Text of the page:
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End in sight for Schuman station works
There’s a light at the end of the tunnel, so to speak: Works on the Schuman metro and railway station in Brussels, as well as the new Schuman-Josaphat tunnel under the European quarter are due to be complete in December, after nearly eight years of chaos for transport users, traffic and local residents.
The new tunnel will open on 13 December, linking the Schuman station and the Halle-Vilvoorde line 26. That gives Schuman a direct link to Brussels Airport, as well as to Antwerp, Leuven, Liège and Mechelen.
The region and the federal government hope the new links – only 13 minutes by train to the airport – will convince more people to use public transport to travel to and from the European quarter, as well as taking some of the strain off of the North-South link in central Brussels.
The challenges of the project were enormous. The Rue de la Loi tunnel for cars had to be raised to make way for the 1.25km-long Schuman-Josaphat rail tunnel, which also burrowed under EU buildings and homes in the area.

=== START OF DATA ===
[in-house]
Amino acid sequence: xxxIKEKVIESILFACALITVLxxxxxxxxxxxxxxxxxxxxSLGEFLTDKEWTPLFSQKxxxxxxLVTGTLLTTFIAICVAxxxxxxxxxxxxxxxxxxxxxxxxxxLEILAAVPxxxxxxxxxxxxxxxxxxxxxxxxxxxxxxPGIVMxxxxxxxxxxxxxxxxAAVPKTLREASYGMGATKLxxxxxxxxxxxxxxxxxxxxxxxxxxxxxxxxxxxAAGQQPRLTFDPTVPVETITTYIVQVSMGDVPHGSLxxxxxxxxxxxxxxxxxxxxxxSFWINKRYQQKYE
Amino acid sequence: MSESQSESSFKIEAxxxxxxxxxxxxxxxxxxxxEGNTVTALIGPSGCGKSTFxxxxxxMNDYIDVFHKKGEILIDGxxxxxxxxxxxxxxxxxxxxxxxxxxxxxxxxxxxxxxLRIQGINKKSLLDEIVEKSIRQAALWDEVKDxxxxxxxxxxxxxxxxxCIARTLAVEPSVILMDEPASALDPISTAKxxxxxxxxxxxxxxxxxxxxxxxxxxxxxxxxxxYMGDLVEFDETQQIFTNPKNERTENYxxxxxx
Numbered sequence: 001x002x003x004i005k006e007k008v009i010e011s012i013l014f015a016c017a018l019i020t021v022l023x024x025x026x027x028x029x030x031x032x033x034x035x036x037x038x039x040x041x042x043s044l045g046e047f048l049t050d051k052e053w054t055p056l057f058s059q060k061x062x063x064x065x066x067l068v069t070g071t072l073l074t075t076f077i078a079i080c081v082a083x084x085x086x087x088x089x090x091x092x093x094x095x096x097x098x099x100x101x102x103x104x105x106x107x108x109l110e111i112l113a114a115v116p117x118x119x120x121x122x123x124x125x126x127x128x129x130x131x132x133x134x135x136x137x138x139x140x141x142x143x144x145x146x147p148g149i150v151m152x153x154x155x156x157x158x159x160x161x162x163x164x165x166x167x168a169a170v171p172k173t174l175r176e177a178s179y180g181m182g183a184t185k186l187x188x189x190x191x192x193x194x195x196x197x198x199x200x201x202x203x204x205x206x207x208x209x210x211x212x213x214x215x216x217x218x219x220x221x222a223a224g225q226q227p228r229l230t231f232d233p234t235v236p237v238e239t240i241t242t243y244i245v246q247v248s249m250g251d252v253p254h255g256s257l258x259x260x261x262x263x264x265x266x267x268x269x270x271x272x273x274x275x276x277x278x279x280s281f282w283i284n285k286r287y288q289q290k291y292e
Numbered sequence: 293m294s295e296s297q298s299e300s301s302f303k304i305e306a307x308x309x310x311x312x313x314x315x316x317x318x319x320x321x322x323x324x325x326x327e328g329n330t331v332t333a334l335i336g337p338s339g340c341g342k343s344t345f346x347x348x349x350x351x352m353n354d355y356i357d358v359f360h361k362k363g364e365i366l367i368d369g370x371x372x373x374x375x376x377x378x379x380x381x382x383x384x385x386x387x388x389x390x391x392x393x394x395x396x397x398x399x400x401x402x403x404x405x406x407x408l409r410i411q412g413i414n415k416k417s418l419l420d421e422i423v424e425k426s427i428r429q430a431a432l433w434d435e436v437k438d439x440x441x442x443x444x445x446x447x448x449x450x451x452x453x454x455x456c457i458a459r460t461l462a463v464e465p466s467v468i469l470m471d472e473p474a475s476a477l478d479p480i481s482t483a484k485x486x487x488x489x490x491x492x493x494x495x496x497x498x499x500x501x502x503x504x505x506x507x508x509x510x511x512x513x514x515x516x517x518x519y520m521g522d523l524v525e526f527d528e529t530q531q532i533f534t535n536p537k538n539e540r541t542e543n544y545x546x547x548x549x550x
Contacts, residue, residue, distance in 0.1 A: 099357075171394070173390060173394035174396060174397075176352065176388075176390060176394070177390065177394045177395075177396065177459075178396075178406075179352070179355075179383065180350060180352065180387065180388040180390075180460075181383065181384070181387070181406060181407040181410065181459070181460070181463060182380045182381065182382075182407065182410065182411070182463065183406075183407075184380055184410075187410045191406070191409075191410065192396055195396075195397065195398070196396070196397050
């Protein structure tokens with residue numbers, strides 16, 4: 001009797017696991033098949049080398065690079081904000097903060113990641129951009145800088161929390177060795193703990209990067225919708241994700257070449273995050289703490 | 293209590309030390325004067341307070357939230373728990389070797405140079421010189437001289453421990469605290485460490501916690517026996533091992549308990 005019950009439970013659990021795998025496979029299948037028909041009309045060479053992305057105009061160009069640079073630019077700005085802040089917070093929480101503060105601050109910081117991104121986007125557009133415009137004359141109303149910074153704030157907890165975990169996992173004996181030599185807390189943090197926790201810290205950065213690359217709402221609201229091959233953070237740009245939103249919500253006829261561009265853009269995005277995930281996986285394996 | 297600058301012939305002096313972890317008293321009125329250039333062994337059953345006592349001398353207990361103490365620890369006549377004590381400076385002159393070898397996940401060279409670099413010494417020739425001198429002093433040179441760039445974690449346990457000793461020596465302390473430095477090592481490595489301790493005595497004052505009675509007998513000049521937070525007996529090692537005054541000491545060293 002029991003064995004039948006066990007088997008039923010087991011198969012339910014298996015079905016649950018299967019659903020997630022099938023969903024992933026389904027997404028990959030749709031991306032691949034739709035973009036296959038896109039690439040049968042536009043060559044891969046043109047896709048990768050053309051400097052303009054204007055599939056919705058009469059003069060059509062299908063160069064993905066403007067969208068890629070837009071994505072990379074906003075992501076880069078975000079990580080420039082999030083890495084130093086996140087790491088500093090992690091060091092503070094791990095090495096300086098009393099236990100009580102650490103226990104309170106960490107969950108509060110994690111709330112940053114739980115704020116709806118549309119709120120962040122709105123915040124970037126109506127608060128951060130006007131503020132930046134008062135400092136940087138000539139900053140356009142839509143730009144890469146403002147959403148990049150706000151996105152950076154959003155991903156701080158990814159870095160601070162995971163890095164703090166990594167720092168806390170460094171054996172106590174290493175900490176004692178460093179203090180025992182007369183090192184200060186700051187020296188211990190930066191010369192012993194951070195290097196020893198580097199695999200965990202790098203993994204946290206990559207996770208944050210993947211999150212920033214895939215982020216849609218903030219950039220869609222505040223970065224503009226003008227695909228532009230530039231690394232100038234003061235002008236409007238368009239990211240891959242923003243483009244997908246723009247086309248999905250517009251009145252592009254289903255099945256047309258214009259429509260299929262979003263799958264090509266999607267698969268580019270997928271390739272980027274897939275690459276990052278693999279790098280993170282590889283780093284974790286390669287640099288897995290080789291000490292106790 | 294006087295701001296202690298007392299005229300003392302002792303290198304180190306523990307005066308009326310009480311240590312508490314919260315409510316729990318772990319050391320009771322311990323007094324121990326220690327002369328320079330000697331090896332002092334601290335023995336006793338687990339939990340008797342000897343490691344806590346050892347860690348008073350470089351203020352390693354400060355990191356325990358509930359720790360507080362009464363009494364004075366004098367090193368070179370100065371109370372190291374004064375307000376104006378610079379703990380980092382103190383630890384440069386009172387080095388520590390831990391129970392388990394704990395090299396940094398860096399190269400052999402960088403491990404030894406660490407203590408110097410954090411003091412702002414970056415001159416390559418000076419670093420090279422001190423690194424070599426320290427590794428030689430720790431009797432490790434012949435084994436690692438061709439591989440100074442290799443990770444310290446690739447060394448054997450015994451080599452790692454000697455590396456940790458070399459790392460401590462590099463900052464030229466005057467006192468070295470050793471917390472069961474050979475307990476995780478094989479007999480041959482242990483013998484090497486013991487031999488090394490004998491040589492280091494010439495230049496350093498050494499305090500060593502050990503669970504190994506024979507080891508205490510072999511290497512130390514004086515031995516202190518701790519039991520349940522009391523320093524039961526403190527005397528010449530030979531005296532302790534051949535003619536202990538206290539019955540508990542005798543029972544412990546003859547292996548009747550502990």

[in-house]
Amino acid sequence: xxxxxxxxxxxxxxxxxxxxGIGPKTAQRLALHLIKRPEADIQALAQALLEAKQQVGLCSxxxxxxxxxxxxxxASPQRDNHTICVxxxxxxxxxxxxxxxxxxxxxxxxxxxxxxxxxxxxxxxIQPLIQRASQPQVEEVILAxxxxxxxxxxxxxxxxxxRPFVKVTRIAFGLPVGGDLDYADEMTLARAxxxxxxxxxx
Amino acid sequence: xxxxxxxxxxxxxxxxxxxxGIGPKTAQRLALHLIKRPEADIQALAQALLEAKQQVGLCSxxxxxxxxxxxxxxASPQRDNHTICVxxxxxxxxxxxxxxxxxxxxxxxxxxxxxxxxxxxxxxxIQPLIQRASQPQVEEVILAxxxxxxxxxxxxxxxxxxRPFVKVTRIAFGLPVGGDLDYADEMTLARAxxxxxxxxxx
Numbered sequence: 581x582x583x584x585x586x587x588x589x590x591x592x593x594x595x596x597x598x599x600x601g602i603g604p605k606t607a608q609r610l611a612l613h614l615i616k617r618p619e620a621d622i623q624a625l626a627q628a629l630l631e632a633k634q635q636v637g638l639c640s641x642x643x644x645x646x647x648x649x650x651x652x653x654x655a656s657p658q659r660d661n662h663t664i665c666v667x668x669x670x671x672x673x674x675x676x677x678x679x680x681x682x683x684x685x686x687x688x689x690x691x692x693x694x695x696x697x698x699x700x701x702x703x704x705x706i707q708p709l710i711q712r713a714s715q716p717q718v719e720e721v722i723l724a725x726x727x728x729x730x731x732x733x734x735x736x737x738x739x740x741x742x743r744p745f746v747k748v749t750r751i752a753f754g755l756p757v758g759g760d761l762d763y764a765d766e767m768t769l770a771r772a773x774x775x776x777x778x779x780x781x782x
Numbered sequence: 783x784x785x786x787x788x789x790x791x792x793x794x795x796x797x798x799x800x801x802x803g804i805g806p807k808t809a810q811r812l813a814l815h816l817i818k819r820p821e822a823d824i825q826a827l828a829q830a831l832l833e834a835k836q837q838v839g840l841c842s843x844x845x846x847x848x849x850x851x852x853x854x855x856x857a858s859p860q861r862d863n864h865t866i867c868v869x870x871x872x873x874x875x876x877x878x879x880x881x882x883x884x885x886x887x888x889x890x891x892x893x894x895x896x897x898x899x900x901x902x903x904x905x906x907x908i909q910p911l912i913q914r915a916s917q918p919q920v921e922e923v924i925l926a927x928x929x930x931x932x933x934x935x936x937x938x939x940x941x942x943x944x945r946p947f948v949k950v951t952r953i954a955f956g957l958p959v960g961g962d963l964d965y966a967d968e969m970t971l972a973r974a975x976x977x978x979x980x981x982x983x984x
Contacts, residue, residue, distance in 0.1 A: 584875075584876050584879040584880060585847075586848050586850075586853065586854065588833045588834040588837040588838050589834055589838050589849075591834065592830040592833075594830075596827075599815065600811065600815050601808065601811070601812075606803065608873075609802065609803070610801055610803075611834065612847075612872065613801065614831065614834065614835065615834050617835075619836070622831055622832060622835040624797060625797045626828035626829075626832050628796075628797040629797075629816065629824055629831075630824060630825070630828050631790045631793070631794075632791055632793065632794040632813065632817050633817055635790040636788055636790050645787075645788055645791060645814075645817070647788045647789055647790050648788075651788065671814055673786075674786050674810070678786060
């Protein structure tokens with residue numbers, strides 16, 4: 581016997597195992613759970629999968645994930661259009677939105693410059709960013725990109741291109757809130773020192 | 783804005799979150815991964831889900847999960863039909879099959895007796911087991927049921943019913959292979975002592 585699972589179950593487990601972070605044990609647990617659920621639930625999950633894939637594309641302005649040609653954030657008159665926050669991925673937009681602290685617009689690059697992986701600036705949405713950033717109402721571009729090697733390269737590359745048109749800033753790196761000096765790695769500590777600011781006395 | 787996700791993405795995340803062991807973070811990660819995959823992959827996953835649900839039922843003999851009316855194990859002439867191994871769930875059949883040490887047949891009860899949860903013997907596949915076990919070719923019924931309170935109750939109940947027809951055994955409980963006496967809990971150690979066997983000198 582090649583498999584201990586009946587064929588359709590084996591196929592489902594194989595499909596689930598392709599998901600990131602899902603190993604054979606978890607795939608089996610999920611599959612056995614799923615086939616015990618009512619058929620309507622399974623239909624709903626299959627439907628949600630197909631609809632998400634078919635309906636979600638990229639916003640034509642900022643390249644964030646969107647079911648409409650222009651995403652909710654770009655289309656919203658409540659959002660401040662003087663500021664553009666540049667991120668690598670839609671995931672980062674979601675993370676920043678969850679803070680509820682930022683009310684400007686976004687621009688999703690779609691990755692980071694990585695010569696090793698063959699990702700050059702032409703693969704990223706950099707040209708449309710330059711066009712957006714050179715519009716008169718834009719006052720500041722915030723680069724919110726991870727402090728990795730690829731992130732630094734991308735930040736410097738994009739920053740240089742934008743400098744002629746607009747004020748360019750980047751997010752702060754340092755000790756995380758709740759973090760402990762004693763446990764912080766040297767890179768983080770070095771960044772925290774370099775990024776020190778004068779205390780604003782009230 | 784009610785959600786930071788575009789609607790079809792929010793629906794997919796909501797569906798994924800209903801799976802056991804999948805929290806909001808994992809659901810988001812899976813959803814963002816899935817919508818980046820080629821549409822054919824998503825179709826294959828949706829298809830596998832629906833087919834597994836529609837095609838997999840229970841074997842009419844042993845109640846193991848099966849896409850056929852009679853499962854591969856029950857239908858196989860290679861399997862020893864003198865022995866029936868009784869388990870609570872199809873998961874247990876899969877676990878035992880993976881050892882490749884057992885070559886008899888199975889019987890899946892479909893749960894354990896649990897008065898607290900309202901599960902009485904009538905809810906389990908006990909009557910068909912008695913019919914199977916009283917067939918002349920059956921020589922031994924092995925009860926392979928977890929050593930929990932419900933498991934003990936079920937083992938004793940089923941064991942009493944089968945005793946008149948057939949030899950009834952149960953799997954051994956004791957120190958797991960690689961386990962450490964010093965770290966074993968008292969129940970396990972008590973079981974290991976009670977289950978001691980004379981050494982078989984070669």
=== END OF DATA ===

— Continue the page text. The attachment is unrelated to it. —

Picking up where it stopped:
“The works faced various challenges, such as digging a tunnel under the listed Art Deco Residence Palace, as well as the placing of 160-tonne pillars to support the new tunnel above the metro lines,” said Delphine Cauchie, project manager for Beliris, which oversaw the project.
More than 80,000 cubic metres of concrete was used to build the tunnel, Beliris said, and the earth moved by trucks using the E40 tunnel was enough to fill 100 Olympic-sized swimming pools.
The station now sports new platforms, concessions, natural light, 21 escalators and 18 lifts. Above ground, however, the traffic remains: a plan to turn Place Schuman into a car-free plaza was dropped.
The total cost of the works was €365 million, with an additional €266 million spent on doubling the railway tracks between Schuman and Watermaal station. The rail infrastructure authority Infrabel paid the lion’s share – more than half a billion euros – with the SNCB, Beliris and public transport authority STIB also contributing.
Photo: The new Schuman Station, to be ready by December, believe it or not